By Paisley Hansen
In the 20th century, androgynous fashion was a concept often reserved for the pages of the high fashion Bibles like Vogue, and often involved little more than putting a few men’s suits on a few women’s bodies, and wearing a set of Oakley sunglasses . Today, however, the lines between men’s fashion and women’s fashion are slowly being blurred…but, then again, the full androgyny crossover has been a long time coming, as well.
The History of Androgyny
Although women began dressing androgynously in Europe’s Middle Ages (better known as Late Antiquity), in the United States, we can thank the First World War (better known as The Great War) for the beginnings of androgyny. At that time, while the men went off to war, women would alter men’s trousers in order to properly perform the factory jobs left vacant by the workers-turned-soldiers. During that time, the rise in popularity of such Hollywood starlets as Marlene Dietrich and Katharine Hepburn — both photographed in an androgynous style in photos that would later become iconic — contributed to the rise in androgyny in high fashion.
While the elite fashionistas were pleased to incorporate pants into their couture fashion, wearing pants didn’t come back into fashion for bourgeoisie women until the 1960’s, when André Courrèges created the first pair of designer jeans for women.
There were still many restrictions in place about women wearing pants until the 1990’s. Believe it or not, it took that long for many of the laws on the books against women wearing pants in public to be repealed. In the 1970’s, Government Code Section 12947.5 was passed, which made it illegal for California to discriminate against women who wore pants. It wasn’t until 1993 that women were allowed to wear pants on the U.S. Senate floor, and it wasn’t until Hillary Clinton that US First Ladies were photographed wearing pants. Amazingly, though, there are still bylaws in many countries, including France & Malawi, that place restrictions on women wearing pants in public.
Androgyny in the 21st Century
Let’s now take a look at the 21st Century’s response to this fashion controversy of days gone by: the rise in gender-neutral fashion. For modern fashionistas, it’s not about women wearing pants while men wear skirts, it’s about men and women sharing the same pairs of pants and skirts.
One of the leaders of this brigade is a gender-neutral clothier who is billed as “Mr. Rachel Tutera” in “Girls” star Lena Dunham’s untitled documentary about the very subject. The fashion blogger-turned-queer-friendly celebrity, who lives in Brooklyn, designs suits that are just as gender-neutral, and Rachel says, in an interview, that this came about as more and more women began demanding clothes that were in line with their tomboy aesthetic yet were also distinctly feminine…a trend that eventually crossed over to the 21st Century male, as well.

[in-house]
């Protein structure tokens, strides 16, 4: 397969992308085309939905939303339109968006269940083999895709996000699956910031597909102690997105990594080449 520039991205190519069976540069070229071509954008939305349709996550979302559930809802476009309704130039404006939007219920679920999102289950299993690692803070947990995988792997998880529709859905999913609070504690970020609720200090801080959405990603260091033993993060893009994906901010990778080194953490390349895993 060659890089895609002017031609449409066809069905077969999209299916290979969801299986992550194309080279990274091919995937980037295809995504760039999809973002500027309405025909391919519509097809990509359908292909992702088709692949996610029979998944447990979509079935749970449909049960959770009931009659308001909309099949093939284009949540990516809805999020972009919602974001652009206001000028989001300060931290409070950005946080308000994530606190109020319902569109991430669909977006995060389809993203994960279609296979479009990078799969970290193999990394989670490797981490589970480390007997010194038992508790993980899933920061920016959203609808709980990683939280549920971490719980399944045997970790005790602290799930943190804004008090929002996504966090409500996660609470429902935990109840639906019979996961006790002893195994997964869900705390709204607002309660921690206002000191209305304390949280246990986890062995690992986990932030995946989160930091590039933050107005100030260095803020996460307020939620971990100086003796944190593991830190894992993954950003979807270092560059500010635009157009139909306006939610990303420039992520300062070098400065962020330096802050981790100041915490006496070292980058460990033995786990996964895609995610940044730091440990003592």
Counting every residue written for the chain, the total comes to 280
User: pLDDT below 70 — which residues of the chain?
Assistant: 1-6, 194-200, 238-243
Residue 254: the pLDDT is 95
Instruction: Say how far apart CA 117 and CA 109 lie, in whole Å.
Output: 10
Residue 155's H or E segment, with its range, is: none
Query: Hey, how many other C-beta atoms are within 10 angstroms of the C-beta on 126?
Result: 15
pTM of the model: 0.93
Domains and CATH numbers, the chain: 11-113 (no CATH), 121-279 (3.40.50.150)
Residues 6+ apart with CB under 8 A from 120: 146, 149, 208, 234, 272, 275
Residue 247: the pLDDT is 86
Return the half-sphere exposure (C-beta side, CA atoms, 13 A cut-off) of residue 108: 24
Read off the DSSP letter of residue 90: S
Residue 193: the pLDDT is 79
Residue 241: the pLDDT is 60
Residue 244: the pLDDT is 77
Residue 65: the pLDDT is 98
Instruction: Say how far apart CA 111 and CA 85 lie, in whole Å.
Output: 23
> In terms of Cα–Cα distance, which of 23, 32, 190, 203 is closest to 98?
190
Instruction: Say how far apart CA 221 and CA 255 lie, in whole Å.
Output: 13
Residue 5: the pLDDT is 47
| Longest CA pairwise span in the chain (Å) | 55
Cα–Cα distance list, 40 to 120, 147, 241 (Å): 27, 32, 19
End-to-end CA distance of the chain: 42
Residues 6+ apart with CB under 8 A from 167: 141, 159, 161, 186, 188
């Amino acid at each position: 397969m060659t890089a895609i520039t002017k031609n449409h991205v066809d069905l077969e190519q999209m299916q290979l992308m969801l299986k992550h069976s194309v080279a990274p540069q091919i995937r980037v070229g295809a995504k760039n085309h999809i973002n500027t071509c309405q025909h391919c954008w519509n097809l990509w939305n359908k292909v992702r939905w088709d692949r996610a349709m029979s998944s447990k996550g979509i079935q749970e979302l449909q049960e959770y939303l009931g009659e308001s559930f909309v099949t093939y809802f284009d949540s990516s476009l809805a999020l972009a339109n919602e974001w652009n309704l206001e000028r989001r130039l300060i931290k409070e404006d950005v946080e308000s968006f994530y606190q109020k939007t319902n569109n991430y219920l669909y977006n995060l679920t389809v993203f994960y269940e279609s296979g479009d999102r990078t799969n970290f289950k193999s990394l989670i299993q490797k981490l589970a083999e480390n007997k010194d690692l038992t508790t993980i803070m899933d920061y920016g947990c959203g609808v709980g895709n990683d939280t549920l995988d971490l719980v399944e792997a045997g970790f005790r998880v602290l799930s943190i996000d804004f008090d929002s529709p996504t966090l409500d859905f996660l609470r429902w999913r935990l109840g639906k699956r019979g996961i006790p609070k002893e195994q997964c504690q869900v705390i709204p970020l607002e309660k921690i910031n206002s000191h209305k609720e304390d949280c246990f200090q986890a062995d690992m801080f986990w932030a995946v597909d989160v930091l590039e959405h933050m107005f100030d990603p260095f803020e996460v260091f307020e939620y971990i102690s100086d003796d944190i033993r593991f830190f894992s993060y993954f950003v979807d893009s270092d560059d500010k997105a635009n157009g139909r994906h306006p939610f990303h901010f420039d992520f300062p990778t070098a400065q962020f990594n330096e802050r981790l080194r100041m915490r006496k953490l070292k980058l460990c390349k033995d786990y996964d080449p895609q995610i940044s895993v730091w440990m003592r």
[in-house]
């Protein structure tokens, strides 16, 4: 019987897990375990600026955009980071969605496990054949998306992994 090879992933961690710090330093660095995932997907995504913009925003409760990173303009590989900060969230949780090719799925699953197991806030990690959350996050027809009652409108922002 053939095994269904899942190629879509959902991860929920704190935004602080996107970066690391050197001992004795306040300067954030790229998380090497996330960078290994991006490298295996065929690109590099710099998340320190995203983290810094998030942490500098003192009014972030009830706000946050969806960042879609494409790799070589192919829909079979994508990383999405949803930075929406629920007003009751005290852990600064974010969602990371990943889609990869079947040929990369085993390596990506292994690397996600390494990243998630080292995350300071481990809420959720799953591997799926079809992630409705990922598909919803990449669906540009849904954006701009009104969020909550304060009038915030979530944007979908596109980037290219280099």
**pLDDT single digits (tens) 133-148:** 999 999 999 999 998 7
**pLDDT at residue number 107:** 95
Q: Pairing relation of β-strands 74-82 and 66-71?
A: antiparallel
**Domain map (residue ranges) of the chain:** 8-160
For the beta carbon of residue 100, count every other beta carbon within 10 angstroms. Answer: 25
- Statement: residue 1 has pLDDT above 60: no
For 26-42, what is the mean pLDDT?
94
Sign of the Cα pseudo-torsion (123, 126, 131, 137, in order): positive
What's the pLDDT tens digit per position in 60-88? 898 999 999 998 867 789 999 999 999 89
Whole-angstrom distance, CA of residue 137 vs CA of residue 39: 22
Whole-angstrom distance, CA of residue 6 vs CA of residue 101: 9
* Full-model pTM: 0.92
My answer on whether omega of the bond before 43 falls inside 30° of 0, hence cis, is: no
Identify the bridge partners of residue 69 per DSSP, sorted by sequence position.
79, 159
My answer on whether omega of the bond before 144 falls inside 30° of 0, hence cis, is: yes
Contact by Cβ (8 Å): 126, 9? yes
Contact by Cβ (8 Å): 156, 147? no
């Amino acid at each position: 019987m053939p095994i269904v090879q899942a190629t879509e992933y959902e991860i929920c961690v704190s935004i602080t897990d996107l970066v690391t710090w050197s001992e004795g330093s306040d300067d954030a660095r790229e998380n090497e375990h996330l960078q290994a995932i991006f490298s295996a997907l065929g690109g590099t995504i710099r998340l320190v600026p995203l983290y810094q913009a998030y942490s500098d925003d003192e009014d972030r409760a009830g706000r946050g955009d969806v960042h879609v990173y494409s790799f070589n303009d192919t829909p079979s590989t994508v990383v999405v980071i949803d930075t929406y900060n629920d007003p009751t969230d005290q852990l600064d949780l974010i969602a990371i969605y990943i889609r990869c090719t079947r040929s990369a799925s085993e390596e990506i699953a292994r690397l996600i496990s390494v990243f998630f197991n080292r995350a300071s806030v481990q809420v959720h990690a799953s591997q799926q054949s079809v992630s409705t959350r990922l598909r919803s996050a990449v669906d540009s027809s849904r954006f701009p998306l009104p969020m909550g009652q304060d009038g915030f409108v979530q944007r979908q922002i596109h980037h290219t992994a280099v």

Tutera’s rising popularity is indicative of the changing of the guard in both fashion and mainstream society as a whole: as LGBTQ issues come into the forefront, and various members on the sexuality spectrum are becoming accepted without regards to religious or cultural restrictions, the fashion models are starting to become just as representative of this new cultural identity. Cases in point include Slavic model Saskia De Brauw (a woman who modeled menswear in a recent Yves Saint Laurent fashion show), gender-neutral model Elliott Sanders (who models both menswear and women’s wear), and transgender model Andreja Pejić.
Androgyny: The New Fashion Normal
Fashion experts suggest that this trend in fashion is rising because fashion is no longer subscribing to the notion that clothes make one gender-normal. Gone are the days when androgyny involved simply putting on a boyish pair of pants — today’s gender-neutral fashion is, as Gucci creative director Alessandro Michele described it, “romantically flamboyant.” And no less of a fashion bible than Vogue has co-signed Michele’s vision for the future, which involves less color-blocking and more devil-may-care attitude in the approach of dress.
Perhaps, too, this is the reason behind the rise in androgyny: it isn’t so much about bucking cultural norms (though, in the United States, there have been several hints of androgyny and clothing crossover — most notably in pants — that existed prior to the 21st Century), or being gender-normative; rather, it’s about being deliberate, and yet accidental, in its gender-neutral bravery. After all, as has been pointed out several times in several ways, it wasn’t that long ago that one didn’t have the freedom to be oneself, be it in their sexuality or in their preferred method of dress.
In short, the old & new crossover trend of androgyny can be summed up as follows: if you dress the way you feel, you will become that which you dress as. The clothes, then, do make the man…or the woman.